Chris

      • Benjamin on

        Great…. You are changing heart.God bless you

    2. Kenny. on

      Addiction to porn cannot be hidden, even if a person lies about it. While I was still entangled with it, even my colleagues at work and family could notice that something was amiss with me whenever I slipped. My countenance would become so dull and uncheerful regardless of what was going on around me. There was just a profound absence of peace and a biting soul anguish which affected me for a considerable length of time until I had stayed clean, cut-off potential triggers, prayed and prayed, meditated on and memorized the word of God, praised God oftentimes and fellowshiped with the brethren. Till date, though I don’t have an accountability partner, but I intend to soon because I reckon that times of the ungodly desires might come as long as I am still flesh and blood.

      Its a situation that is better not to have ever gotten into in the first place. But, we can conquer through Christ Jesus.

      Please do not show my email address in the comment.

      Reply
      • Joyce on

        Amen. We shall conquer the flesh.

    3. John on

      What about those of us that don’t believe in God? You all just assume that there is salvation but no one really knows. I am trying to overcome my addiction and I grew up Catholic, but I haven’t seen any evidence that God exists. There is too much evil in the world for there to be this divine spirit. It seems as though if there is, he has a sick sense of humor. Why would this God not intervene? I am working hard to recover from my addiction and I have been open and honest with my wife. I don’t believe she has been as open with me about her recovery. If she would have sex with me my recovery would be more fruitful. I know that she is suffering because of my actions, but I am past the guilt. I am no longer accepting the blame because I don’t feel like she is trying for both of us as I am.

      Reply
      • Kay Bruner on

        Hi John, you might be interested in this article from The Gottman Institute, which talks about the harm porn does to relationships. The Gottman Institute is not religious, but they are the foremost marriage and relationship experts in the world today.

        From your brief comment here, I obviously don’t know what kinds of choices your wife is making in all this. However, it might be helpful for you to note that many many women in this situation will meet the criteria for PTSD. Again, this is not a religious thing, just a reality of this situation. I find that women often do not get the help they need for the trauma; it goes unrecognized and untreated and does continue to impact the relationship. Your wife might want to look for a trauma-informed specialist in her area to help her process through this pain. She may be feeling much more pain than you are at this point, hence her inability to “try for both of you.”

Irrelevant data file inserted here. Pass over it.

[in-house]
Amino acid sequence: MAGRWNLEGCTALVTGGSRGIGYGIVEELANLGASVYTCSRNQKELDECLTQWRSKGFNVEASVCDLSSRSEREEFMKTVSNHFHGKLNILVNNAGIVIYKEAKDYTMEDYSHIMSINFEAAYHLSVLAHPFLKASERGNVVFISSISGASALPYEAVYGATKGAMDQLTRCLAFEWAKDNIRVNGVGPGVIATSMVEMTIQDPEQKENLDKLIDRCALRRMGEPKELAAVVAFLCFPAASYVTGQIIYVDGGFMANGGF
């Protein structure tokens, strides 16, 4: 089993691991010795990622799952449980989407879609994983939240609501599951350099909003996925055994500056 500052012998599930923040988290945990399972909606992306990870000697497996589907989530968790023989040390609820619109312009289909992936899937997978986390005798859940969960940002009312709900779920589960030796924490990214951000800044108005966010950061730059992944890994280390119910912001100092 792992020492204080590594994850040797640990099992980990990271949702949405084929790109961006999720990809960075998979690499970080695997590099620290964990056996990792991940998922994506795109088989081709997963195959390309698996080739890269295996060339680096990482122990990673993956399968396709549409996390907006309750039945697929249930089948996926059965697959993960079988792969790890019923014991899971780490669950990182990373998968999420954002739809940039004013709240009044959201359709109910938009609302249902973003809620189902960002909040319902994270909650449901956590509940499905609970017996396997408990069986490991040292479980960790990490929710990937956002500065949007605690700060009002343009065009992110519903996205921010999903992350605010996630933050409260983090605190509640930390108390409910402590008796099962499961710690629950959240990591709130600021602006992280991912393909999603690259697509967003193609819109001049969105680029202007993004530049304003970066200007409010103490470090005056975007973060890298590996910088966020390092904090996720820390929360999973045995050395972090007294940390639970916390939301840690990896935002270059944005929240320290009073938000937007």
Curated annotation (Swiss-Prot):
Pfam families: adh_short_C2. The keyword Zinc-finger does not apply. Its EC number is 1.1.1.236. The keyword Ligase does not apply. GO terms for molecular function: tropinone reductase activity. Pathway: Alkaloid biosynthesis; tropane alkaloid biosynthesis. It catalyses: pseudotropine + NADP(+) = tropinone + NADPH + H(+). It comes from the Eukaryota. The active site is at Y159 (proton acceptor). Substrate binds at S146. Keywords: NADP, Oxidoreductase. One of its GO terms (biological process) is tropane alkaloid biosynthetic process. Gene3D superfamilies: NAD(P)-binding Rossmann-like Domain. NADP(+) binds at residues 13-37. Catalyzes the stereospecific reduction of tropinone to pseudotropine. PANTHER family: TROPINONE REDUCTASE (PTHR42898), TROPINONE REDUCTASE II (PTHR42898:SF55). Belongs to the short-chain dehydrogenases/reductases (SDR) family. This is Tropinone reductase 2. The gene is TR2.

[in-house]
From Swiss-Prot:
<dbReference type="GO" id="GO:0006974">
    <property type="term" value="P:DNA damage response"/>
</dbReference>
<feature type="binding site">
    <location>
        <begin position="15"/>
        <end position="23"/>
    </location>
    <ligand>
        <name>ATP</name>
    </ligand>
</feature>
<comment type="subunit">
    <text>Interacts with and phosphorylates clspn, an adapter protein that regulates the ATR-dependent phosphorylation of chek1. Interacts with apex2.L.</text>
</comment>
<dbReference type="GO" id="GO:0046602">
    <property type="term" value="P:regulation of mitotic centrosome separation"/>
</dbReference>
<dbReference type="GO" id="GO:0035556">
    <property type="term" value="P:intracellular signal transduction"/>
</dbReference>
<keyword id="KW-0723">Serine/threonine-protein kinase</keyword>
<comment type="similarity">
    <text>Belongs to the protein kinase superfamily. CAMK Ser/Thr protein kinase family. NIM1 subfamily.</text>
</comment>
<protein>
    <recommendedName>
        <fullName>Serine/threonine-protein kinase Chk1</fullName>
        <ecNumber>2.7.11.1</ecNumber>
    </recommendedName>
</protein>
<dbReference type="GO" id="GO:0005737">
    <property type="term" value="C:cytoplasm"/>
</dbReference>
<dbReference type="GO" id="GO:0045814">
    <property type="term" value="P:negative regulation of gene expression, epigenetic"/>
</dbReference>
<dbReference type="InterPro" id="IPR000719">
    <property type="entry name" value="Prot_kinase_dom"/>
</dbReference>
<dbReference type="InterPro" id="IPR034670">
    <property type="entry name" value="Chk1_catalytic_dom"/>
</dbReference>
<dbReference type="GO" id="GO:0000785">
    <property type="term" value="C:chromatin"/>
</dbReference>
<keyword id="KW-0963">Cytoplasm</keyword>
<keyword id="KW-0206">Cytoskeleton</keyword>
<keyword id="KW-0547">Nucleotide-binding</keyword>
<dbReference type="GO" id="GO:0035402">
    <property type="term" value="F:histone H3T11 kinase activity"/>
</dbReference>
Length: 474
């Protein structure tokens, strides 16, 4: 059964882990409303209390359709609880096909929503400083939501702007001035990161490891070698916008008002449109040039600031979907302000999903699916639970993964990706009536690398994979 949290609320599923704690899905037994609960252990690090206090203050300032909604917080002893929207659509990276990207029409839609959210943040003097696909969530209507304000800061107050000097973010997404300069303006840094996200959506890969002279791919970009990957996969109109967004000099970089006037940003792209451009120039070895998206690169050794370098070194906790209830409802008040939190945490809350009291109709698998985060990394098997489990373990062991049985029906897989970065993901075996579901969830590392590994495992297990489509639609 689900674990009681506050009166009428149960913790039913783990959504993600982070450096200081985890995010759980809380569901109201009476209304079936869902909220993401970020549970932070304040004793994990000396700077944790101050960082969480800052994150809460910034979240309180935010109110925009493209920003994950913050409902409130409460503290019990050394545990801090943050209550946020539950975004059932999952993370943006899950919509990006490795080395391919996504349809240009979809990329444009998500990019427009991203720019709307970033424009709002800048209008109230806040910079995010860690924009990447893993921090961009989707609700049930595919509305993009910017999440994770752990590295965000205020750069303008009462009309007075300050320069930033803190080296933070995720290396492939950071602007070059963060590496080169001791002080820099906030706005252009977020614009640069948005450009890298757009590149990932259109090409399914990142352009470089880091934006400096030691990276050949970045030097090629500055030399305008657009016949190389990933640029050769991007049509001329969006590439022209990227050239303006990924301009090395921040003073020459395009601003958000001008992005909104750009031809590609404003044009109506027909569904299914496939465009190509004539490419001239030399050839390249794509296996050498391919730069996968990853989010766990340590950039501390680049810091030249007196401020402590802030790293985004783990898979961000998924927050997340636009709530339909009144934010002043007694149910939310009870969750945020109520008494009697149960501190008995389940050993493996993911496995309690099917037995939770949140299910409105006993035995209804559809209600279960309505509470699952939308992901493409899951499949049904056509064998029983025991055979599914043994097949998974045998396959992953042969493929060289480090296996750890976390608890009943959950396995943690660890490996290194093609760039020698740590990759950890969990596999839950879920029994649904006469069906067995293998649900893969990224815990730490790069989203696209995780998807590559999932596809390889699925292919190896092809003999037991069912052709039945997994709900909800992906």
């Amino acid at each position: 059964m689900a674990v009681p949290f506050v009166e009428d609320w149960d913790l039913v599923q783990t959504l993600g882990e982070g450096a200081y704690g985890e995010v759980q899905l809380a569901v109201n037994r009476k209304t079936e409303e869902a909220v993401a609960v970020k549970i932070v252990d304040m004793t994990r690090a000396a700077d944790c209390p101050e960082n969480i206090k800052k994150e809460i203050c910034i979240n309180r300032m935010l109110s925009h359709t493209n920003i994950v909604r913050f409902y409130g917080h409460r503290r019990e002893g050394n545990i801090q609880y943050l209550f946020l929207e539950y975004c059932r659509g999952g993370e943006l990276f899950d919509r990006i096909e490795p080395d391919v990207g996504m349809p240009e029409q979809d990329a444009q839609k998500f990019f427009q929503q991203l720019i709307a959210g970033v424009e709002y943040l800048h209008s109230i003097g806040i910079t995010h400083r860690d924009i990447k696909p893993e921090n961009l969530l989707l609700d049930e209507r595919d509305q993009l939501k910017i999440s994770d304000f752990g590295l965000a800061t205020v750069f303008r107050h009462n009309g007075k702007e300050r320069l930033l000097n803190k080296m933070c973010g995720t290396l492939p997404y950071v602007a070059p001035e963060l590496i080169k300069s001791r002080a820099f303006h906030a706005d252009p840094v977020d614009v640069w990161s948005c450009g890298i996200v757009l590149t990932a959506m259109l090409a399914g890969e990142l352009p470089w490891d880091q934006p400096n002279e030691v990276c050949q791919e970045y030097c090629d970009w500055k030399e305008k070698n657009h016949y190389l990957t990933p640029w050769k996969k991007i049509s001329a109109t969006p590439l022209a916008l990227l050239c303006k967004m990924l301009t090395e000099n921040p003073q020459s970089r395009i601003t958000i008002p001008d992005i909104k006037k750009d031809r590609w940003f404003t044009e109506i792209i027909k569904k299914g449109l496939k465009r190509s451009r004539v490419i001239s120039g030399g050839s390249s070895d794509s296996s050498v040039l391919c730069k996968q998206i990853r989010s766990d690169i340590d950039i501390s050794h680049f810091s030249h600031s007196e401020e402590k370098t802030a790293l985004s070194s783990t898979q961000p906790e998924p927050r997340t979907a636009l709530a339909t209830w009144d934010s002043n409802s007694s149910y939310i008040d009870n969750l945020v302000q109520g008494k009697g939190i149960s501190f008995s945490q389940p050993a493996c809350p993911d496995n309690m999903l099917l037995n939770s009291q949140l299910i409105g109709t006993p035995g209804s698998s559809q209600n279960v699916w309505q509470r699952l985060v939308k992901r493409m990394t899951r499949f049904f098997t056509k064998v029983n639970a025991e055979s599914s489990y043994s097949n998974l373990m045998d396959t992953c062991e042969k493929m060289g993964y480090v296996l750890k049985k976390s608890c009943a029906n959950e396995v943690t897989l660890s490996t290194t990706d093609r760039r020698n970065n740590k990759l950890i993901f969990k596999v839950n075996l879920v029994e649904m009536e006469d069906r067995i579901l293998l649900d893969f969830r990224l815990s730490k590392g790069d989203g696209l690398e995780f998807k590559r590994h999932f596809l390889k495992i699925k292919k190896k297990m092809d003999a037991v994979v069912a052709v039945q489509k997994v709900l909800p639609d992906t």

The online group Bloom is also a great resource for healing; it focuses on trauma healing for women, and relationship attachment for the marriage, both of which I find to be extremely helpful. There’s a lot of support for your wife there, plus classes you can take together for healing the marriage.

        Peace to you, Kay

    4. Winston on

      Hi Chris.
      Thanks for this article and others.

      I am 23 and have been trying to break this habit for almost three years now. The first time I saw pornographic material was on a friends phone in high school. I stumbled on it various times as I grew older but only through the devices of others who stored them. I never made attempt to access porn but I had also seen many lustful scenes in movies.

      It was not until I got my smart phone and had constant internet access that I really became addicted. I started lightly and always thought I could stop but after going clean for days and weeks I still fall back.

      By God’s grace, I am still fighting but I must say that I have really questioned my Christianity sometimes and if God is actually listening to me. This is because I have taken almost every step I know of yet I can’t find sustainable victory.

      I’ve bought and read books, articles, installed covenant eyes( I always sought out new ways to navigate through filters and even UN-installed it at times just to look at what I had been longing for) and have accountability partners including a pastor who receive my reports and have been very helpful in directing me towards Christ.

      Recently, I felt terribly tired of my relapses and how gross I was engaging in this sin. It almost became a sort of relationship as I would just type names into search engines and loose sleep for nights so I decided to give all my devices to one of my accountability partners so that I could make room to try to seek Christ more.

      Since then I have been using the internet only in public areas. I have also had those sober moments where I reflected on my life and cried to God in tears to change my heart and help me see all forms of lust for what they truly are. Giving my devices away has helped me to be more responsible in my use of time but has not solved my heart’s problem. I do not have any pictures or videos to look at anymore but have started masturbating to the things I recall.

      Since this struggle began, I noticed I have become highly sensitive, self-critical, impatient,always worried and procrastinate a lot. I have spent hours in deep reflection on my life, pondering the dangers of lust, praying and reading the word but have not learnt to obey Christ in this area

      Please, I need your advice. I really want to experience a lasting change in attitude but I do not know why I keep taking huge steps backwards anytime I set out to live right.